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Pet CPR- Essential First Aid for Dogs and Cats

By Dr. Andrew Jones

Essential First Aid: CPR

Cardiopulmonary Resuscitation is the most important first aid technique that every pet owner should be comfortable with. Chances are that you will never have to use it, but it will save your pet’s life if a ball is lodged in his airway.

This section describes the basic technique. This is also covered in my pet first aid manual, Pet First Aid Secrets: Complete Canine And Feline First Aid Manual, but it is included here because of its importance. For a demonstration and more thorough description, refer to my video: Pet CPR.

There are some very basic steps:

1.Assess responsiveness

2.Establish a patent airway

3.Perform rescue breathing

4.Cardiac massage – establishing circulation

STEP 1: RESPONSIVENESS

The first step is making sure that your pet is truly unresponsive.

1.CHECK his breathing by placing your hand in front of his mouth and nose.

Check Breathing

2.CHECK for his heartbeat by placing your ear against the left side of his chest – this is the area where his left elbow touches his chest, immediately behind his left armpit.

Check Heartbeat

STEP 2: AIRWAY

The second step in CPR is obtaining a patent airway.
1.PULL the tongue out of your pet’s mouth, but be careful to not get bitten.

2.STRAIGHTEN the neck by moving the head to be in line with the neck.
DO NOT HYPEREXTEND IN CASES OF NECK TRAUMA.

3.PERFORM two rescue breaths, by closing the mouth and performing mouth to nose ventilations. IF they continue, then proceed to STEP 3, BREATHING.

Rescue Breathing

If there are no breaths, then look into the mouth.

4.VISIBLY inspect the mouth and look down the throat for a foreign body. If you see something, reach into the airway and remove it.

5.IF the airway is still not open, attempt HEIMLICH (shown in following steps).

6.TURN your pet upside down, with back against your chest.

Dog Heimlich

7.WITH both arms, give sharp thrusts to the abdomen.

8.AFTER 5 thrusts, stop and check to see if the object is visible in the airway. If so remove it and give 2 mouth-to-nose rescue breaths. If the breaths do not go in, repeat HEIMLICH.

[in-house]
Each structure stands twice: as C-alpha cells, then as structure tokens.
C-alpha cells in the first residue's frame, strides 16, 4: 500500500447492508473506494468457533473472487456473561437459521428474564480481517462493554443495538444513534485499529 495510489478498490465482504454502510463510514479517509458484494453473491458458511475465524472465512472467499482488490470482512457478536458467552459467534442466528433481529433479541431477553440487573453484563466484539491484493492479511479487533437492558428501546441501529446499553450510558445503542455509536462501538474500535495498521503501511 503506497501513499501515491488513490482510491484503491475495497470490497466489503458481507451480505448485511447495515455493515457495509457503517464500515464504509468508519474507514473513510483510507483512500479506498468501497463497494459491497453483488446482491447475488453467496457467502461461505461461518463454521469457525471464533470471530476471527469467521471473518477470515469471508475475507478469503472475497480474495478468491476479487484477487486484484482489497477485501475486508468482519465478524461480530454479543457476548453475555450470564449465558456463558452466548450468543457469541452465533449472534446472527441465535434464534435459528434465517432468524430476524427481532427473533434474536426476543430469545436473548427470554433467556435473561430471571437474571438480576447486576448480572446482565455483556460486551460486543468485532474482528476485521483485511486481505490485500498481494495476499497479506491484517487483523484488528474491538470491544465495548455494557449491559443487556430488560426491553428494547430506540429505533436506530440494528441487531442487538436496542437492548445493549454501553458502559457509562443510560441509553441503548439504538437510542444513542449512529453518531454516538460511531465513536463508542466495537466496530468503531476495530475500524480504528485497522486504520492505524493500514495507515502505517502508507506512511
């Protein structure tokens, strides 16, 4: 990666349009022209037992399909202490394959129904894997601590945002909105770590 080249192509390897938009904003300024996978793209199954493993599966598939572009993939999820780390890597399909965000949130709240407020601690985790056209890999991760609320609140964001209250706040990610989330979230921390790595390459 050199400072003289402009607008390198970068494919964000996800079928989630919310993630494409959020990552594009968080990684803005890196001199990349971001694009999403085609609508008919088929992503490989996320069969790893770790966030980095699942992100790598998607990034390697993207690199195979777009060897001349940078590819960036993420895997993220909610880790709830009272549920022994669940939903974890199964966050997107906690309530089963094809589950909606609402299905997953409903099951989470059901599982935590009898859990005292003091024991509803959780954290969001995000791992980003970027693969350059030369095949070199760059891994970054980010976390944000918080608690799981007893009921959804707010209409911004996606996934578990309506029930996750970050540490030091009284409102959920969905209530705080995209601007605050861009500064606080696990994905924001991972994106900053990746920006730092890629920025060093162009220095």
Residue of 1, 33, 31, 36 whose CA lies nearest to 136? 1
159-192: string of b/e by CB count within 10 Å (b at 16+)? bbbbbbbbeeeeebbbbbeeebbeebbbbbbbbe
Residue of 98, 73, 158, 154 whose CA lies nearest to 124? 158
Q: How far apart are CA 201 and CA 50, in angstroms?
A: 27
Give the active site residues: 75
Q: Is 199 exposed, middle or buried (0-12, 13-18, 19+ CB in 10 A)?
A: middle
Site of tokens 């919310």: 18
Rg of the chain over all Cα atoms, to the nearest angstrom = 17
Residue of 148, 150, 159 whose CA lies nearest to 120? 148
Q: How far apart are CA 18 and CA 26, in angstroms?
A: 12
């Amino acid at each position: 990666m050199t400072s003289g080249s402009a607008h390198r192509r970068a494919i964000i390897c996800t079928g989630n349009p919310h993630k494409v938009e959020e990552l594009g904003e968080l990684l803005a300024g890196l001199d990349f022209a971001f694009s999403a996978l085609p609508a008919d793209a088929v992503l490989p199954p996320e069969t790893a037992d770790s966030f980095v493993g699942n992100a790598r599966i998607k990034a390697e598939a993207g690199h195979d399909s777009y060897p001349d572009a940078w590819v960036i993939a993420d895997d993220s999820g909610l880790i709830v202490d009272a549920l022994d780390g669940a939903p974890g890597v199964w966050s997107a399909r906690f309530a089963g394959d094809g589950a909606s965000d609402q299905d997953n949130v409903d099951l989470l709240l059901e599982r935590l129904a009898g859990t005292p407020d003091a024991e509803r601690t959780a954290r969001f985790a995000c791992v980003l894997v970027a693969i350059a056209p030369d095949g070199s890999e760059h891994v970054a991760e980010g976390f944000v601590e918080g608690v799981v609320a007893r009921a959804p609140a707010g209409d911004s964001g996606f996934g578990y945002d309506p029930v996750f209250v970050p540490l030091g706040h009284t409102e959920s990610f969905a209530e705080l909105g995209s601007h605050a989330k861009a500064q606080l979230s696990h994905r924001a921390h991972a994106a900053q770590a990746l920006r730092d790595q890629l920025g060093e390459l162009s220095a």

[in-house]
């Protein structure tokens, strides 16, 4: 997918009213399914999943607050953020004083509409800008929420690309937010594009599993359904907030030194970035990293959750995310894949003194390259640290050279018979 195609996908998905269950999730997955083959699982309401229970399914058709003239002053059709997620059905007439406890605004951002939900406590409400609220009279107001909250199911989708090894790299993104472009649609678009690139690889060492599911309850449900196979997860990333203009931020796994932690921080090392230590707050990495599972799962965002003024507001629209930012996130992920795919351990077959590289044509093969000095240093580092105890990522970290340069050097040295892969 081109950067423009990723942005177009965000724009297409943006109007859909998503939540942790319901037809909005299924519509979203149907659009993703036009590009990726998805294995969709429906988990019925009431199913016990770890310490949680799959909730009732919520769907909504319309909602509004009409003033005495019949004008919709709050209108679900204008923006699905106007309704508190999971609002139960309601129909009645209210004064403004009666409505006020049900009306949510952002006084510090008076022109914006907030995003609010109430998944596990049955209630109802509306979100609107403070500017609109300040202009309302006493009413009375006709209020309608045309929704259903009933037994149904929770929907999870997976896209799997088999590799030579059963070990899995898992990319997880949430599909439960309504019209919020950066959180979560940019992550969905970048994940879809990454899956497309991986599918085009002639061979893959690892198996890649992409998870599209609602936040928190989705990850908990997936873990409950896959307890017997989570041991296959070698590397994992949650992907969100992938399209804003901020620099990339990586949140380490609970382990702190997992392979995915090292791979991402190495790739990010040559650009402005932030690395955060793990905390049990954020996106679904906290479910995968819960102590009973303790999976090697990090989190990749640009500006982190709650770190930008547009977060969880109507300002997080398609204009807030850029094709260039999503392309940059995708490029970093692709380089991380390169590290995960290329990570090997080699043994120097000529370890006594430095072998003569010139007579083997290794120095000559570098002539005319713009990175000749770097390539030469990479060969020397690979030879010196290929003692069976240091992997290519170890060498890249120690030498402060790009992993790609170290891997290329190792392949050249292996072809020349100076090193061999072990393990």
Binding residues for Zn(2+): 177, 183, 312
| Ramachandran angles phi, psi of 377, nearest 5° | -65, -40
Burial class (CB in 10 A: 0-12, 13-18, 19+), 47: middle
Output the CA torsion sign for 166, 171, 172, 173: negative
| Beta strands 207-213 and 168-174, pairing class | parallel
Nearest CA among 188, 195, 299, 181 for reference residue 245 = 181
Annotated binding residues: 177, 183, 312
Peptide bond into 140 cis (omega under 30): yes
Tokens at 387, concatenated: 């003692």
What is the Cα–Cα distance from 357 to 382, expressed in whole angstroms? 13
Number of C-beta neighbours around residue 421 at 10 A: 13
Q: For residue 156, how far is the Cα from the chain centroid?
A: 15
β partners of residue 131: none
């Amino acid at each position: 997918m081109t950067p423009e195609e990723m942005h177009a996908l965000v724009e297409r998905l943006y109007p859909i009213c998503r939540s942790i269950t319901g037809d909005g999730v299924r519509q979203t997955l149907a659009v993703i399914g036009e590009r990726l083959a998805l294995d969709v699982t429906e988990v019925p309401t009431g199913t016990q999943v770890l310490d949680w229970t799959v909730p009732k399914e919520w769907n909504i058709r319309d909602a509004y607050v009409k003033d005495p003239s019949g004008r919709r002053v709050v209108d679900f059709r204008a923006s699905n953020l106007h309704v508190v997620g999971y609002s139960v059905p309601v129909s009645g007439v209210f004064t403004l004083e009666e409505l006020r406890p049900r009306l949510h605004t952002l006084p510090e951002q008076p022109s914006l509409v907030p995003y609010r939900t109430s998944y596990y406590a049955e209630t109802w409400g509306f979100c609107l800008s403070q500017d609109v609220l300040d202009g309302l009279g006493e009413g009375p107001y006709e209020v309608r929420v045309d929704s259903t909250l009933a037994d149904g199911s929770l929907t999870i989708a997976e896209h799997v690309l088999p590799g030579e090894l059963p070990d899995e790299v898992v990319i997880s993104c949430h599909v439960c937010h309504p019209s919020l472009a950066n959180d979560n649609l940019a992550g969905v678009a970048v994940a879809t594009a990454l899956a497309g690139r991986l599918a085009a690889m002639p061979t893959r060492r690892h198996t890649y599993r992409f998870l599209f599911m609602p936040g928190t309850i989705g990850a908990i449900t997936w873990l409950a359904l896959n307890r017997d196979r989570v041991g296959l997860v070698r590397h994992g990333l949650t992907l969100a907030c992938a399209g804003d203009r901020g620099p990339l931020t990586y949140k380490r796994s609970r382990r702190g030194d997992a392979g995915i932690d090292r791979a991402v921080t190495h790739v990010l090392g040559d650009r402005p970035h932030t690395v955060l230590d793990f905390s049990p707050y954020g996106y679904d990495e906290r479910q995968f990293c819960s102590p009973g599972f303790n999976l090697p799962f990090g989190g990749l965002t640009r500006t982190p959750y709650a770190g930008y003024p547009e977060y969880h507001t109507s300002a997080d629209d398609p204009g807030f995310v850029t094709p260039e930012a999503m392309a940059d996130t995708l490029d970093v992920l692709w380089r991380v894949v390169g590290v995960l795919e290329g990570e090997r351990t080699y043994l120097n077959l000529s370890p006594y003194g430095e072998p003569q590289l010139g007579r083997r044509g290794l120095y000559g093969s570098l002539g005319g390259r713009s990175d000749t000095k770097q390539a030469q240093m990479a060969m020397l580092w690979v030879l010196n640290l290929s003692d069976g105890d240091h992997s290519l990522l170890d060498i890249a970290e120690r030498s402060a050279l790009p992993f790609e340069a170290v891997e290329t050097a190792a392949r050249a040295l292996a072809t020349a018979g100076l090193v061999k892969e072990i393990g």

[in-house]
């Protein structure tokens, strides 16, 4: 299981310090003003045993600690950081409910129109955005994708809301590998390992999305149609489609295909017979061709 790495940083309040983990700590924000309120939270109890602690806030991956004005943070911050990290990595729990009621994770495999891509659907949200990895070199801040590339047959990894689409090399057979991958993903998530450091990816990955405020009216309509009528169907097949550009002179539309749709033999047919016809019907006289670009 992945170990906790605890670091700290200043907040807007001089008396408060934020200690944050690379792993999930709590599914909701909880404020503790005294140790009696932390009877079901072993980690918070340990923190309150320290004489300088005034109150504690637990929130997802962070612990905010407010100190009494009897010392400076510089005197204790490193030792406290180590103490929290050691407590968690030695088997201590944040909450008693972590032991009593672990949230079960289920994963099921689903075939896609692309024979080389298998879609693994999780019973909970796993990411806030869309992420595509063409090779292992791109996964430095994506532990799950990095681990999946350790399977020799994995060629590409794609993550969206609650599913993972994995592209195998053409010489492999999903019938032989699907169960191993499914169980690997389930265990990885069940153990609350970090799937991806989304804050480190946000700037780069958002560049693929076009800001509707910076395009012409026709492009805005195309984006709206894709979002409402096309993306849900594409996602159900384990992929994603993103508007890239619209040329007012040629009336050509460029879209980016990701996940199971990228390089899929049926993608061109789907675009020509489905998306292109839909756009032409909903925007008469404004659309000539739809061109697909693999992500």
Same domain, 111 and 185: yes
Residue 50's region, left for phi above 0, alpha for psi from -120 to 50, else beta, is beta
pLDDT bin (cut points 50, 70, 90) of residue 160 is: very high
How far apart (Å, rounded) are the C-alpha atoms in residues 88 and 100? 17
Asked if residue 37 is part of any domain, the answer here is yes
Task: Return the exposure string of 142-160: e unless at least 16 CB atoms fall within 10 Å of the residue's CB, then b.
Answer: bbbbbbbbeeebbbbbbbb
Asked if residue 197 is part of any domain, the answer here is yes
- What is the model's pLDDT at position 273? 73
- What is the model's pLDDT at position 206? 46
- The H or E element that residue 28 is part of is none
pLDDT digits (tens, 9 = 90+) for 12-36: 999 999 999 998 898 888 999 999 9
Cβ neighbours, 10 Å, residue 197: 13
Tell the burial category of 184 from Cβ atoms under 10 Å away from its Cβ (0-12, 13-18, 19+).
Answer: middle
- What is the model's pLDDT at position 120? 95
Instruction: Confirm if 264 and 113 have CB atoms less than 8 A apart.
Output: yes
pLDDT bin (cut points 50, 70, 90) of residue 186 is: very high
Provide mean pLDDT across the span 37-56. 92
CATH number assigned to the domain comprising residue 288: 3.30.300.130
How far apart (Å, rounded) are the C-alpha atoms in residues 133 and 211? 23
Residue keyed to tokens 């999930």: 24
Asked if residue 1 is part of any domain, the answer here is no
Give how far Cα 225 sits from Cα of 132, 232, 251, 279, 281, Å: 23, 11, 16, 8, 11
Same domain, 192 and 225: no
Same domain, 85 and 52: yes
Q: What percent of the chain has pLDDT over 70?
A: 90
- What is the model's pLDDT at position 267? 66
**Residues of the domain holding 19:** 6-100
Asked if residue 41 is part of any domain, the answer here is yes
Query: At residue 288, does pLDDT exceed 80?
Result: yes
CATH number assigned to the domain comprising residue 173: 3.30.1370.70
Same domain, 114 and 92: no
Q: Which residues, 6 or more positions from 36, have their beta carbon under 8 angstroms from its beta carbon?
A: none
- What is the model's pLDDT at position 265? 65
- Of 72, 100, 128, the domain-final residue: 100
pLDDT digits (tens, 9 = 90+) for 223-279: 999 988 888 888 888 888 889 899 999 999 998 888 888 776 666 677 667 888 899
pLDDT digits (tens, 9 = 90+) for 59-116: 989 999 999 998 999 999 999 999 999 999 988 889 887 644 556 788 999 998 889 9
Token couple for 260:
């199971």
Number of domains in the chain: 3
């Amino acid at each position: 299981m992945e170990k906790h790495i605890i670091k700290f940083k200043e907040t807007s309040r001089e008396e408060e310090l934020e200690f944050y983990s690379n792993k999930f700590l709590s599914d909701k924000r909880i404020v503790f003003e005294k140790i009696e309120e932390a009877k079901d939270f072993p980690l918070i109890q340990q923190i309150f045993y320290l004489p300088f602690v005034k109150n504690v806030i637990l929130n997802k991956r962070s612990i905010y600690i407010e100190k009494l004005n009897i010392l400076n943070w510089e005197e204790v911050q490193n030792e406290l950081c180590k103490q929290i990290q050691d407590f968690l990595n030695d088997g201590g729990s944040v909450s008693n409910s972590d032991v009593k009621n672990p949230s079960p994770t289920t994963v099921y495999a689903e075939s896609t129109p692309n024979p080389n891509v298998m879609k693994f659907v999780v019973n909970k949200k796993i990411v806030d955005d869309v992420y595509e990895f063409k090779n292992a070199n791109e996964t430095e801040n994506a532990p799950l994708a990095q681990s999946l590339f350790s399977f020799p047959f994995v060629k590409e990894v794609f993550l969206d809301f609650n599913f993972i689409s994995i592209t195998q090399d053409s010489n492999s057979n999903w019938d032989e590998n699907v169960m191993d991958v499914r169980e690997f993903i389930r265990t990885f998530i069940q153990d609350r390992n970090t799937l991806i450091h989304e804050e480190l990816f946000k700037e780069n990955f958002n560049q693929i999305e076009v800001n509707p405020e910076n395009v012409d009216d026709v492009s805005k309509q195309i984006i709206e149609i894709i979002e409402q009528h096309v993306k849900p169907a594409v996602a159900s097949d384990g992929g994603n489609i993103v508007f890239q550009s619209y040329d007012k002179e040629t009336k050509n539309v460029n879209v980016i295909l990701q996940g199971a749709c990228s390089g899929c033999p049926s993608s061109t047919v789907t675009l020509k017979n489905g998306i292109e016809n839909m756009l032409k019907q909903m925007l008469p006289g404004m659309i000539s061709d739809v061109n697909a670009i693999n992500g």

STEP 3: BREATHING

After achieving a patent airway, perform RESCUE BREATHING.

1.CLOSE your pet’s mouth and breathe directly into his nose until his chest expands. If the chest does not expand then go back to STEP 2 – AIRWAY.

Rescue Breathing

2.VENTILATE at 15 breaths per minute. One BREATH every 4 seconds.

3.PROCEED to STEP 4 – CIRCULATION

STEP 4: CIRCULATION

1.ENSURE there are no major points of bleeding. Control as necessary.

2.GENTLY lay your pet on his right side.

3.LOCATE the heart, which is found on the lower half of the chest on the left side, behind the elbow of the front left leg. Place one hand below the heart to support the chest; place the other hand over the heart.

4.COMPRESS the chest 15 times followed by 2 rescue breaths. 3 compressions every 2 seconds. Compress the chest 1/2 inch for small pets and 1 1/2 inches for large pets.

Heart Compressions

5.EVERY 15 times follow up with 2 rescue breaths.
Continue heart massage compressions and the rescue breathing until you hear a heartbeat and feel regular breathing.

Once your pet is breathing and his heart is beating, call your veterinarian immediately.

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Topics: Cat Health, Dog Health, Pet health | 8 Comments »

8 Responses to “Pet CPR- Essential First Aid for Dogs and Cats”


  1. Cindie Says:
    October 30th, 2009 at 6:12 pm

    With 6 Jack Russell Terriers in my house, this is a good thing to know. Thank you.

  2. Lori Says:
    October 30th, 2009 at 7:05 pm

    What an incredibly patient and tolerant dog Lewis is, to let you hold him upside down. My dogs would have to be genuinely in distress to allow that. =)

  3. Diana Darnaby Says:
    October 30th, 2009 at 8:03 pm

    Very Helpful! Thanks to You and Lewis!

  4. Joyce Luciano Says:
    October 31st, 2009 at 3:25 am

    That was a very helpful article thank you
    Dr. Jones and Lewis!
    Regards,
    Joyce Luciano

  5. Merit's Mom Says:
    October 31st, 2009 at 12:25 pm

    I attempted CPR on a neighbors dashound that was on a line and got tangled with another dog and fell through the porch deck steps. The dog was not able to be revived. It may have broken its neck from the drop or have been there too long for the mouth to snout CPR to help. It is definitely worth knowing what to do. Thanks for showing everyone. Thanks Lewis.

  6. Cindy Maresca Says:
    November 17th, 2009 at 11:31 am

    This is so essential!
    Thank-you for providing such easy steps to follow and with a trooper such as Lewis!

  7. mandy petrie Says:
    November 19th, 2009 at 7:33 am

    thank you this is very usefull when you have a house full of dogs

  8. shan Says:
    May 12th, 2011 at 7:57 am

    I have a question, what do you do with a 150 lb. Leonberger when his airway is obstructed? I can’t pick him up and turn him upside down.
    Can I do it like you would on a human??

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Dr. Andrew Jones, DVM
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